Enum.HasFlag

In not-so-new news, I just found out about .NET 4’s Enum.HasFlag method. This nice little method makes life with flags a little bit cleaner since you can use it instead of performing a bitwise AND and compare.

[Flags]
enum Options
{
	None = 0,
	A = 1,
	B = 2,
	C = 4
}

void Main()
{
	var options = Options.A | Options.C;
	
	// old (bitwise AND and compare)
	Console.WriteLine("A:{0}", (options & Options.A) == Options.A);
	Console.WriteLine("B:{0}", (options & Options.B) == Options.B);
	Console.WriteLine("C:{0}", (options & Options.C) == Options.C);
	
	// new (HasFlag method)
	Console.WriteLine("A:{0}", options.HasFlag(Options.A));
	Console.WriteLine("B:{0}", options.HasFlag(Options.B));
	Console.WriteLine("C:{0}", options.HasFlag(Options.C));
}

/* Output:
A:True
B:False
C:True
A:True
B:False
C:True
 */
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Blurry Monitors in Windows 8.1

As mentioned in yesterday’s post, I’ve been rocking a new Lenovo T440S. I noticed that whenever I attached an extra monitor, the display would get blurry. Some quick internet research suggests that this may be related to Windows 8.1 auto-scaling that attempts to make things on different screens appear to be the same size. Luckily, Microsoft has published a support article that offers two solutions to this problem: disabling DPI virtualization for specific applications or lowering the Windows DPI setting.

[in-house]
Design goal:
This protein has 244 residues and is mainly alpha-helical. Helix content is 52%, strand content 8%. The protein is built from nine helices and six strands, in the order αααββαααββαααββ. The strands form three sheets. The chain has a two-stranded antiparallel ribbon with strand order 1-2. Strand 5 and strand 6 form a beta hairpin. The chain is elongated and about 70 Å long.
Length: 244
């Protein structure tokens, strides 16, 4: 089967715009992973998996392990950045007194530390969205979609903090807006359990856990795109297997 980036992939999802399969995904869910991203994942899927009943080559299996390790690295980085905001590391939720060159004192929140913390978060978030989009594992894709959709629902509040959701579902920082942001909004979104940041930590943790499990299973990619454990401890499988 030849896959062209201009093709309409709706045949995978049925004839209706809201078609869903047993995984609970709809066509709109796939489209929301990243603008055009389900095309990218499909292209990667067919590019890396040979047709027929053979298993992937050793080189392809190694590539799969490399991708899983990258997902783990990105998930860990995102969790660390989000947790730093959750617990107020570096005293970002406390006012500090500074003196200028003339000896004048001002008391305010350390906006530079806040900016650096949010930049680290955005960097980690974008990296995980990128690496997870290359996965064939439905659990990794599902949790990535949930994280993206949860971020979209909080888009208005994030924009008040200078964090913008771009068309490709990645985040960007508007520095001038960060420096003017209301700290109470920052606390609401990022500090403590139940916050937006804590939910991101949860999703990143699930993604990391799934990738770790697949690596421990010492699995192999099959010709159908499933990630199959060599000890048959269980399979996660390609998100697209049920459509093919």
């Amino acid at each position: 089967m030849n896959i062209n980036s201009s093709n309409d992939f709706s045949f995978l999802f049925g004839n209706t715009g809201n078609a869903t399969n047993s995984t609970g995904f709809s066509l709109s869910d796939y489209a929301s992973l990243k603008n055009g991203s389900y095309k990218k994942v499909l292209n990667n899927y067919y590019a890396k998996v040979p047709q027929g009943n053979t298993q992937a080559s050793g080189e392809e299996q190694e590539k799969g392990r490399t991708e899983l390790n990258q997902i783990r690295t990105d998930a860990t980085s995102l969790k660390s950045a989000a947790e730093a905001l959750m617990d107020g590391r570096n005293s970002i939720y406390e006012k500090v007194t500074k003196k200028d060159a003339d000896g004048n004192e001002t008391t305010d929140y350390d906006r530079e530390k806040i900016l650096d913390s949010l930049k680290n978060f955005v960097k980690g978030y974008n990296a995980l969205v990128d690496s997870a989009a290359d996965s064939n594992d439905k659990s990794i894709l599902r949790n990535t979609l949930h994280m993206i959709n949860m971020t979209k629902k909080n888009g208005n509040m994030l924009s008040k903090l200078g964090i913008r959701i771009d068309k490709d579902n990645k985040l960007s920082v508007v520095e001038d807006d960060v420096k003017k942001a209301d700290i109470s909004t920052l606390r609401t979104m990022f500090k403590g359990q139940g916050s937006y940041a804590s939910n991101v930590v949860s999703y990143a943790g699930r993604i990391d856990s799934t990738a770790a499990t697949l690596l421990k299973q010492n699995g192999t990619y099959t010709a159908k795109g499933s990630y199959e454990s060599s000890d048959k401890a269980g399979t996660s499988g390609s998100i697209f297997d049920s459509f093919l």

Both solutions worked for me, but I opted for #2 since I’m not particularly interested in dealing with the problem on a per-application basis.

Here’s the short version of how to do that:

  1. Go to Control Panel > Appearance and Personalization > Display
  2. Check Let me choose one scaling level for all my displays
  3. Optional – Choose the scaling percentage to use (I use Smaller – 100%)
  4. Click Apply